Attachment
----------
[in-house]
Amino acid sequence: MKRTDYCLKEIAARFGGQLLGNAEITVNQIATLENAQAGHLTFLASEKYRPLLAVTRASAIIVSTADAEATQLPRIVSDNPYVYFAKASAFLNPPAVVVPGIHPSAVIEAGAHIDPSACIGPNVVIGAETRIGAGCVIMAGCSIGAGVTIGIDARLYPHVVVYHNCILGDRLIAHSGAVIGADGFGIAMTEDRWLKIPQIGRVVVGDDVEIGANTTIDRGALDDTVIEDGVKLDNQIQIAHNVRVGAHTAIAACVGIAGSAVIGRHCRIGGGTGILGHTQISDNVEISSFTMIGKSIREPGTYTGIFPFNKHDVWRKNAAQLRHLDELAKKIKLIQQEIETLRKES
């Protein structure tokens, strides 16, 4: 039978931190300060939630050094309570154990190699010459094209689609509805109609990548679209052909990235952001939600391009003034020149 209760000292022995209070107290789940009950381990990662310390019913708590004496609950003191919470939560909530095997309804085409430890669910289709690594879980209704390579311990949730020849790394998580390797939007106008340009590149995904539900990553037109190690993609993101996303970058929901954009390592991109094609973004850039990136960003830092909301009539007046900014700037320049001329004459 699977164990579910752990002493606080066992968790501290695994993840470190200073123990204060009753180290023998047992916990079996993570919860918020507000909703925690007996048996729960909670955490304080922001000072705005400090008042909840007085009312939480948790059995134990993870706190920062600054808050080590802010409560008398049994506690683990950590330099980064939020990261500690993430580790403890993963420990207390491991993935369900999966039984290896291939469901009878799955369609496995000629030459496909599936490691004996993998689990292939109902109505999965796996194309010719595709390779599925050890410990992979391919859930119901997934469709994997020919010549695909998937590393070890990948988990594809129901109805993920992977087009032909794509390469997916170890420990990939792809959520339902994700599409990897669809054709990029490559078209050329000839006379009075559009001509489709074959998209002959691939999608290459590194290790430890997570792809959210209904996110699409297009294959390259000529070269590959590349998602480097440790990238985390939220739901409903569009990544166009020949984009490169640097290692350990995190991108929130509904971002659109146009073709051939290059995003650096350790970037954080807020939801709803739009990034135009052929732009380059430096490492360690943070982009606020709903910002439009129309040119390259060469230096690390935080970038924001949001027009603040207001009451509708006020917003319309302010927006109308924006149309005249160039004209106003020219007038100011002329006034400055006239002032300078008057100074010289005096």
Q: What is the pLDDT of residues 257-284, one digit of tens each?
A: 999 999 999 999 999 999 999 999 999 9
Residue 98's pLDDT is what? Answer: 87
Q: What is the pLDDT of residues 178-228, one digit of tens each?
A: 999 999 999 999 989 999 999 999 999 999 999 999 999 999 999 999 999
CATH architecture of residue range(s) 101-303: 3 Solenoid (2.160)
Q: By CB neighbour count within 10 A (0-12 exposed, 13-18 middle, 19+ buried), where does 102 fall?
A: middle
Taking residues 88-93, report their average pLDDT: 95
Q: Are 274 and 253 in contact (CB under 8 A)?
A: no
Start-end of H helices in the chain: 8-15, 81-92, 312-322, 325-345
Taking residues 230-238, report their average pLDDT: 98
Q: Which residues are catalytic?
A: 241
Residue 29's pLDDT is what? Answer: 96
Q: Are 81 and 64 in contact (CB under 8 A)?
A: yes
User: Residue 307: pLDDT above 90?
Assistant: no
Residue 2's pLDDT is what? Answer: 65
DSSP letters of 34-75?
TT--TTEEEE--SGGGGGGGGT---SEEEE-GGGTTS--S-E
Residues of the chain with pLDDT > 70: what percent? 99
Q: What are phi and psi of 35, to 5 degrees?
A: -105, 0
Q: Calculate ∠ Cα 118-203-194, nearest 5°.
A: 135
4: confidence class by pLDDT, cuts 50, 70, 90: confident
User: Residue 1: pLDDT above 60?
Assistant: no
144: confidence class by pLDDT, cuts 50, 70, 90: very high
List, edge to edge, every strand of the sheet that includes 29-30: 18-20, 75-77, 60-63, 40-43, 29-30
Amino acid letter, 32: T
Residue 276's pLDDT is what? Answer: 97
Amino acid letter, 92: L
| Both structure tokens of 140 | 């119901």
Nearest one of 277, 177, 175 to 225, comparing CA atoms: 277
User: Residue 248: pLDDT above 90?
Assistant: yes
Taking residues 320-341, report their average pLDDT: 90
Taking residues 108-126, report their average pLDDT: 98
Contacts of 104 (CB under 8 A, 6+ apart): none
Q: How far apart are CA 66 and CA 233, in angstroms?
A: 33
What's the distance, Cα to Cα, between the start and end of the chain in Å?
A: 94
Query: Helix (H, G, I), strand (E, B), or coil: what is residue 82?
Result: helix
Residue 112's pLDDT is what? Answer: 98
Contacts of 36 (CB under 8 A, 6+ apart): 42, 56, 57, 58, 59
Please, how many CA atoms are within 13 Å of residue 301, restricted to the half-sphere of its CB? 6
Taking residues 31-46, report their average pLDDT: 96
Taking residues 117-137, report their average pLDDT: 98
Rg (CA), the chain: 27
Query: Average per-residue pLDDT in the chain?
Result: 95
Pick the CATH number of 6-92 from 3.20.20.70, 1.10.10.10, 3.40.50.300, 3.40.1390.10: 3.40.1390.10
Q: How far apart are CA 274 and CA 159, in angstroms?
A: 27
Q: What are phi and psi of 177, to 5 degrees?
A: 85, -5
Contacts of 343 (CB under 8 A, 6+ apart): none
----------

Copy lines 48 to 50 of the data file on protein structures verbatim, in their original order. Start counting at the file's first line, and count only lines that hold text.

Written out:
A: 33
What's the distance, Cα to Cα, between the start and end of the chain in Å?
A: 94